Yes, Virginia, There Still Is Hope for Manufacturing

I remain skeptical that Virginia’s mill towns should peg their hopes for economic revival on manufacturing (see “Virginia Manufacturing Jobs Still in Decline“). But Stephen Moret, CEO of the Virginia Economic Development Partnership, makes a powerful case that Virginia can improve its track record in luring manufacturing investment.

In a lengthy comment to my post, Moret lays out his strategy, key tenets of which include building a national-class custom workforce training program, investing in site preparedness (building industrial parks on speculation), marketing more aggressively outside the state, and being more creative (and competitive with other states) on incentives.

Among the interesting tidbits of news in his comment is the fact that VEDP has has just recruited one of the top experts in the country to run the custom workforce training program, Mike Grundmann, from Georgia. He will start work next month, says Moret. “We expect to have this program up and running by late this calendar year.”

Moret has thought deeply and comprehensively about what it takes to spark a jobs revival in Virginia’s non-metropolitan areas — an effort that extends to creating small-metro and rural tech centers and a focus on place-making in historic downtowns. I am sure that the reforms he is putting in place will make a difference: Virginia will succeed in recruiting more manufacturing investment than it has done in the past few years. If you’re going to pursue a manufacturing-centric economic development policy, do it right!

Whether that’s the best use of limited resources… well, that’s another matter. But by all means, let’s have that discussion.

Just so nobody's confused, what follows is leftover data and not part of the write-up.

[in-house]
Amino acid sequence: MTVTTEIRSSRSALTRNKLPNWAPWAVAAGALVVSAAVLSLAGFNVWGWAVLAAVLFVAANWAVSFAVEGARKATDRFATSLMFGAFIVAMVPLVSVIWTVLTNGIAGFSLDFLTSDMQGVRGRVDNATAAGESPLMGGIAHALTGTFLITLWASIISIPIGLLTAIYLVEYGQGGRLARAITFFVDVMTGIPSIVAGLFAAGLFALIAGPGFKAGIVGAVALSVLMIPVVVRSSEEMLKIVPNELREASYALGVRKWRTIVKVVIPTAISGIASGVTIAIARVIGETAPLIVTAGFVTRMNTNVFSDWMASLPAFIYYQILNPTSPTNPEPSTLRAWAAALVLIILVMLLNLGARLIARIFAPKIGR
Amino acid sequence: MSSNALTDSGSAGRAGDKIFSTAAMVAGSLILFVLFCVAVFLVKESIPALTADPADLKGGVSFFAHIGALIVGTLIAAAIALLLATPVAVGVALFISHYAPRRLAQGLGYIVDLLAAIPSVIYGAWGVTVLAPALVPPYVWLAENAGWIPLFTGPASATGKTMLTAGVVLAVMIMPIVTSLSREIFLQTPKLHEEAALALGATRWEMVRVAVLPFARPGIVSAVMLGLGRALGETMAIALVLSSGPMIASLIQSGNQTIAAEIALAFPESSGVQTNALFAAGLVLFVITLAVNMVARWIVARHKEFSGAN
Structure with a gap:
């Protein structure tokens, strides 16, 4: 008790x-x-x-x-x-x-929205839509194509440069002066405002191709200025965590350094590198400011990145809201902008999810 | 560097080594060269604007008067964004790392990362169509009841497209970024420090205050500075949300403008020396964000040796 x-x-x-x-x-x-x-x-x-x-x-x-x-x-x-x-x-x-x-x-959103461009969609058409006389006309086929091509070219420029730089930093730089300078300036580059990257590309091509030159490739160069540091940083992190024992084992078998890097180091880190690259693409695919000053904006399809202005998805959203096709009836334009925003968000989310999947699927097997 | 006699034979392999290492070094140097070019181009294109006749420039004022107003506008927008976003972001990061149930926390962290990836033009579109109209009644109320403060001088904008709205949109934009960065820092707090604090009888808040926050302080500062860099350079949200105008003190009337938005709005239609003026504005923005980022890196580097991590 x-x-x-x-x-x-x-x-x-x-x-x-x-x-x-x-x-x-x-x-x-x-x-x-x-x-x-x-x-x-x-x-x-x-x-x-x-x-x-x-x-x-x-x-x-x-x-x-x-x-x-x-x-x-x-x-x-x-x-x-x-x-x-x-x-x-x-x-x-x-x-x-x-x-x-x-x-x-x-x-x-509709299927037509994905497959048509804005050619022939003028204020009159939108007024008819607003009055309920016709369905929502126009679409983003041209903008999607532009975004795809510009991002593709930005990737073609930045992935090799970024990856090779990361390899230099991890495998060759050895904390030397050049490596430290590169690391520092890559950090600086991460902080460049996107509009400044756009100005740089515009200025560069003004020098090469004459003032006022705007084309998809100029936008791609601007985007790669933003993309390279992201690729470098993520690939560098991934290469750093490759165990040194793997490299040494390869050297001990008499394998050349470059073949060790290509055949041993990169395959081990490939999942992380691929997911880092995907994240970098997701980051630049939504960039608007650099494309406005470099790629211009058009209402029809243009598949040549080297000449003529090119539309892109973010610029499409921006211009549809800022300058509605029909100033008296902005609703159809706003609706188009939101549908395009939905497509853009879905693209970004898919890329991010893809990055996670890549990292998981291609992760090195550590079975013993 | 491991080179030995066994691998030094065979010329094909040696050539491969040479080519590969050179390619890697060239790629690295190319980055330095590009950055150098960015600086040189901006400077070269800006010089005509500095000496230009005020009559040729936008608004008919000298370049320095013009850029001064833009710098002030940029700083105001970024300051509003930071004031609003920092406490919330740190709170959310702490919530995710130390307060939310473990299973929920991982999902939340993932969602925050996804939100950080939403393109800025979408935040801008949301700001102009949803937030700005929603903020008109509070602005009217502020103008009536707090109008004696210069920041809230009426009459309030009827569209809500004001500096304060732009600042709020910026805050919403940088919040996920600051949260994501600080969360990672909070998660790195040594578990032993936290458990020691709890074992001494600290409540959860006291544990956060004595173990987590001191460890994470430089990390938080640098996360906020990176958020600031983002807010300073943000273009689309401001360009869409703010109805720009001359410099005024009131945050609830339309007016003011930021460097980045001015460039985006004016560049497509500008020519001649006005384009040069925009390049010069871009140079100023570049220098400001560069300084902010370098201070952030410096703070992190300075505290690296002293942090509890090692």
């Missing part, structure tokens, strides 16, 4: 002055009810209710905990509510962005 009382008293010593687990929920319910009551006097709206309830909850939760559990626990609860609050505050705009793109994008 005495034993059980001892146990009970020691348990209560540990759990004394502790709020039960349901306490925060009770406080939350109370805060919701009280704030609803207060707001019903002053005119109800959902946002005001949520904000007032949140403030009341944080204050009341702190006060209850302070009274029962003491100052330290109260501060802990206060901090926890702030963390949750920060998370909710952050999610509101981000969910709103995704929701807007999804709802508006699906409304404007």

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18 responses to “Yes, Virginia, There Still Is Hope for Manufacturing

  1. Always happy to have Moret reading and responding, and he remains a major asset to the state. I lift the following from his comment on the other post and paste it here for further discussion. “Targeted business tax reform is yet to be tackled.” Thank you.

    In a way, you have to view incentive packages like the one put together for Amazon or the one’s I worked on for the shipyard as, at least indirectly, about taxes. They are tax rebates on payroll or property or revenue which, for the corporate bean counters, improve the ROI on the deals. I continue to submit that it is GENERAL business tax reform that Virginia needs to tackle, because if Virginia’s economy only advances when the state or local economic development teams “incentivize” (“buy”) the business, progress will be in fits and starts. A broad move away from business property taxes and you might see broader results. Perhaps that is what Moret meant.

    But standing in that Senate Finance Committee subcommittee meeting and basically being met with laughter and disdain when I pushed a cut in the corporate income tax rate, I looked around and noticed I was standing alone. Even when you are right, that is discouraging.